Yet, they seem so forgotten by this generation. These stories and the lessons they teach us seem almost totally stripped from today’s writers and story-tellers, much less our society as a whole. We have lost the power truly understand these stories and myths; lost the power of our myth-making, and with it the greatest elements of story-telling as a whole. We have lost the power of our modern stories to move us beyond shallow one dimensional characters to the three (and even four) dimensional characters found in the monstrously powerful ancient heroes of Beowulf, Siegfried, and Arthur. The modern writer, it feels to me, in many cases has lost the ability to write about believable, tragic heroes who can truly cross over our conscious mind to the unconscious. Losing the ability to write about meaningful modern tragic, self-sacrificing characters leaves us stripped of everything necessary to connect us with these primitive symbols, which in turn have broken the bonds of critical archetypes, which connect us culturally in the Western World to our ancestors, to each other, to our world, and even to life! We have truly lost something in our culture when it comes to tragic heroes and story-telling.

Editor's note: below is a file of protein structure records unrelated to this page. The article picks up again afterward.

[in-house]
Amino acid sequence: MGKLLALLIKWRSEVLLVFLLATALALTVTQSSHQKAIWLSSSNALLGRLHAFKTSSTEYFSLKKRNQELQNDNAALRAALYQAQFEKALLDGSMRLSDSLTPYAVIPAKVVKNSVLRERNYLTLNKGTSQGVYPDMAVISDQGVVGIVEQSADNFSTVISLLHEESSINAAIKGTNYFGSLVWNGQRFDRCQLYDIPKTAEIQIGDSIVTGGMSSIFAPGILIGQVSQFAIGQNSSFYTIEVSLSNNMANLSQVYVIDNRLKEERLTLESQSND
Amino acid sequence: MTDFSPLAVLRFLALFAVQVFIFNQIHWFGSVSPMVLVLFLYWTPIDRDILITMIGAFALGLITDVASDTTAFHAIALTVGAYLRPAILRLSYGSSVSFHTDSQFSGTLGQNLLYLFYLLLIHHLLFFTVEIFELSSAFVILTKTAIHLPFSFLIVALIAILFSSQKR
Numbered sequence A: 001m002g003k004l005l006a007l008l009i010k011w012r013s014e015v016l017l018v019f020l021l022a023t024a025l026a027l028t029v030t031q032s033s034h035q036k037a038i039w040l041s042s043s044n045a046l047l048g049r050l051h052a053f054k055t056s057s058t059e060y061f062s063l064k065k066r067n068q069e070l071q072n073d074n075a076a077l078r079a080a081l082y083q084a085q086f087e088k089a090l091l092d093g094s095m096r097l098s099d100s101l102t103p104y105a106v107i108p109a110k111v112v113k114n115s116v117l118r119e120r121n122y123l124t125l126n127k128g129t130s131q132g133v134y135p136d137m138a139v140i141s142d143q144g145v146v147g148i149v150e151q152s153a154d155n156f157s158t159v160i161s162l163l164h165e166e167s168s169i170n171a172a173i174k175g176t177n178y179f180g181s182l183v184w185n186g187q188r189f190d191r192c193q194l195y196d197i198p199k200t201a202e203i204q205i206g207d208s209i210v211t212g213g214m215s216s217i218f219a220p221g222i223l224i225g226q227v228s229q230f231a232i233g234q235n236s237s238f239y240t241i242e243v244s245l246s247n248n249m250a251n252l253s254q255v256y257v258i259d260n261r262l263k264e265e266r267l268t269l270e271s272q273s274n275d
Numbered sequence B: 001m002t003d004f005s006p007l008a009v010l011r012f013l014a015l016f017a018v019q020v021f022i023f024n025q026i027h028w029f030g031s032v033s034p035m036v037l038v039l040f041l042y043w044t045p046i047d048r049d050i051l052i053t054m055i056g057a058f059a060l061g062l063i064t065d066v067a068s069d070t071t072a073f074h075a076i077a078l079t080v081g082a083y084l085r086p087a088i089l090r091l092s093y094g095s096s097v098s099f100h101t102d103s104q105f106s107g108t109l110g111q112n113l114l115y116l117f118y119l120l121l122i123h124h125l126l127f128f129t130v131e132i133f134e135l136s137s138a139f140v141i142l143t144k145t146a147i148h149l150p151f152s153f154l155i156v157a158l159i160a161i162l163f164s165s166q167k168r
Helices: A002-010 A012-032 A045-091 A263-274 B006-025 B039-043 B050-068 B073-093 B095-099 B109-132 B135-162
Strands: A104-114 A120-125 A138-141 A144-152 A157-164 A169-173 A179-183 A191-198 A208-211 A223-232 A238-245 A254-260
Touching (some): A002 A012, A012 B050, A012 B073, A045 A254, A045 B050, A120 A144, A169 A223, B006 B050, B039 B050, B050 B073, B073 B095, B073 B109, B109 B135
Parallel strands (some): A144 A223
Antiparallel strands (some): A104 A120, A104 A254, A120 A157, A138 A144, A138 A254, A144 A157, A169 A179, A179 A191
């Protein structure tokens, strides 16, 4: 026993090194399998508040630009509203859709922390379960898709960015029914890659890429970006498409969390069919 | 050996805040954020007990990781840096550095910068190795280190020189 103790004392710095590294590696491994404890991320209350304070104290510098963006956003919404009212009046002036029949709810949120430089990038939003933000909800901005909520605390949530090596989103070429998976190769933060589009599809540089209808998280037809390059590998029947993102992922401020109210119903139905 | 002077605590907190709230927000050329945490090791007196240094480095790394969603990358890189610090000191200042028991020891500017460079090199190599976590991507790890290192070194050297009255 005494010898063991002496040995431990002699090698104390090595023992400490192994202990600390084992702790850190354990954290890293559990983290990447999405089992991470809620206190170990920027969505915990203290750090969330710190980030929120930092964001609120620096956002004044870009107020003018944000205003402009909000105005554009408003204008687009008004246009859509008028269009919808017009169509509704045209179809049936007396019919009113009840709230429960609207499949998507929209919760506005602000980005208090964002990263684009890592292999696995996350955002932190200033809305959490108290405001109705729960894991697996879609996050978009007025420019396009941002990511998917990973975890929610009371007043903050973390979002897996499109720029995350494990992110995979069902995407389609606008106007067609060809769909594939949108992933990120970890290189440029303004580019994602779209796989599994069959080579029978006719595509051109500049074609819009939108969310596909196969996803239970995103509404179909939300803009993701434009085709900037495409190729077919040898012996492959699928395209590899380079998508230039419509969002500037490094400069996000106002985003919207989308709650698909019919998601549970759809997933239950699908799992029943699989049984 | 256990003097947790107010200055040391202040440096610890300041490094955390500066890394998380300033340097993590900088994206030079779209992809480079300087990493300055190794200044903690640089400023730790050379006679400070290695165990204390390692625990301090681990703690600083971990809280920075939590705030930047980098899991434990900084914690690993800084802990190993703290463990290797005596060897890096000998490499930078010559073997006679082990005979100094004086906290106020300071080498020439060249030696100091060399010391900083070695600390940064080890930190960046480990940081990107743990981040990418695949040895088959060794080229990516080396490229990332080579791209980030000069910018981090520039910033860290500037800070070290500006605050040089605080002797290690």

The fact is, the ancient myths and stories that fill our libraries today, still hold these treasures; these secret “formulas”. They hold these mystical books and tales that have yet the power to emotionally and psychologically move us, if we would just listen. So, all is not lost to the modern story-teller and writer, as long as we have libraries and we record these tales and pass them on to future generations. We just need to invest energy into understanding how and why these legends affect us the way we do.